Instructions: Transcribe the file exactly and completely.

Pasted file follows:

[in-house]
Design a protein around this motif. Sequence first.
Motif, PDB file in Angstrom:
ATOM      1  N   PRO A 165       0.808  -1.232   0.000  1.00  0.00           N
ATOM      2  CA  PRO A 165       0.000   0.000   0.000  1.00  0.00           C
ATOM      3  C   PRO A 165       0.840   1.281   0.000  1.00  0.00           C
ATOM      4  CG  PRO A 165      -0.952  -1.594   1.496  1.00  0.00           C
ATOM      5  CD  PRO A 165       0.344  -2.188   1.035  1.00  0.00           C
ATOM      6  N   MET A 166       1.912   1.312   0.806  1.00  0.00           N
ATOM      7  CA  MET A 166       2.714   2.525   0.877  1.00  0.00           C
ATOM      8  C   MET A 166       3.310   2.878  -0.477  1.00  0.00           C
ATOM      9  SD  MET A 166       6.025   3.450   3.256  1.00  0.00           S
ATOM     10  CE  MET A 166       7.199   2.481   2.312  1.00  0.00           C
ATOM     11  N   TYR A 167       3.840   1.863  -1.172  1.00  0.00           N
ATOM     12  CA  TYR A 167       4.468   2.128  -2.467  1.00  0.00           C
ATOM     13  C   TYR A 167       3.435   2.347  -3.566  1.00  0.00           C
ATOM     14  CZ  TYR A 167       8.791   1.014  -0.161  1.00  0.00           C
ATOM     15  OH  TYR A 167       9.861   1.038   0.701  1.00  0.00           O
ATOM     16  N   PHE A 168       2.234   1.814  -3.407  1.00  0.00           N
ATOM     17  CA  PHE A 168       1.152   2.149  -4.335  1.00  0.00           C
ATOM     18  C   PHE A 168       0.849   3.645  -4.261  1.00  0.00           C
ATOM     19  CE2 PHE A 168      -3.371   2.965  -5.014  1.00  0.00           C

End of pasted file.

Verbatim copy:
[in-house]
Design a protein around this motif. Sequence first.
Motif, PDB file in Angstrom:
ATOM      1  N   PRO A 165       0.808  -1.232   0.000  1.00  0.00           N
ATOM      2  CA  PRO A 165       0.000   0.000   0.000  1.00  0.00           C
ATOM      3  C   PRO A 165       0.840   1.281   0.000  1.00  0.00           C
ATOM      4  CG  PRO A 165      -0.952  -1.594   1.496  1.00  0.00           C
ATOM      5  CD  PRO A 165       0.344  -2.188   1.035  1.00  0.00           C
ATOM      6  N   MET A 166       1.912   1.312   0.806  1.00  0.00           N
ATOM      7  CA  MET A 166       2.714   2.525   0.877  1.00  0.00           C
ATOM      8  C   MET A 166       3.310   2.878  -0.477  1.00  0.00           C
ATOM      9  SD  MET A 166       6.025   3.450   3.256  1.00  0.00           S
ATOM     10  CE  MET A 166       7.199   2.481   2.312  1.00  0.00           C
ATOM     11  N   TYR A 167       3.840   1.863  -1.172  1.00  0.00           N
ATOM     12  CA  TYR A 167       4.468   2.128  -2.467  1.00  0.00           C
ATOM     13  C   TYR A 167       3.435   2.347  -3.566  1.00  0.00           C
ATOM     14  CZ  TYR A 167       8.791   1.014  -0.161  1.00  0.00           C
ATOM     15  OH  TYR A 167       9.861   1.038   0.701  1.00  0.00           O
ATOM     16  N   PHE A 168       2.234   1.814  -3.407  1.00  0.00           N
ATOM     17  CA  PHE A 168       1.152   2.149  -4.335  1.00  0.00           C
ATOM     18  C   PHE A 168       0.849   3.645  -4.261  1.00  0.00           C
ATOM     19  CE2 PHE A 168      -3.371   2.965  -5.014  1.00  0.00           C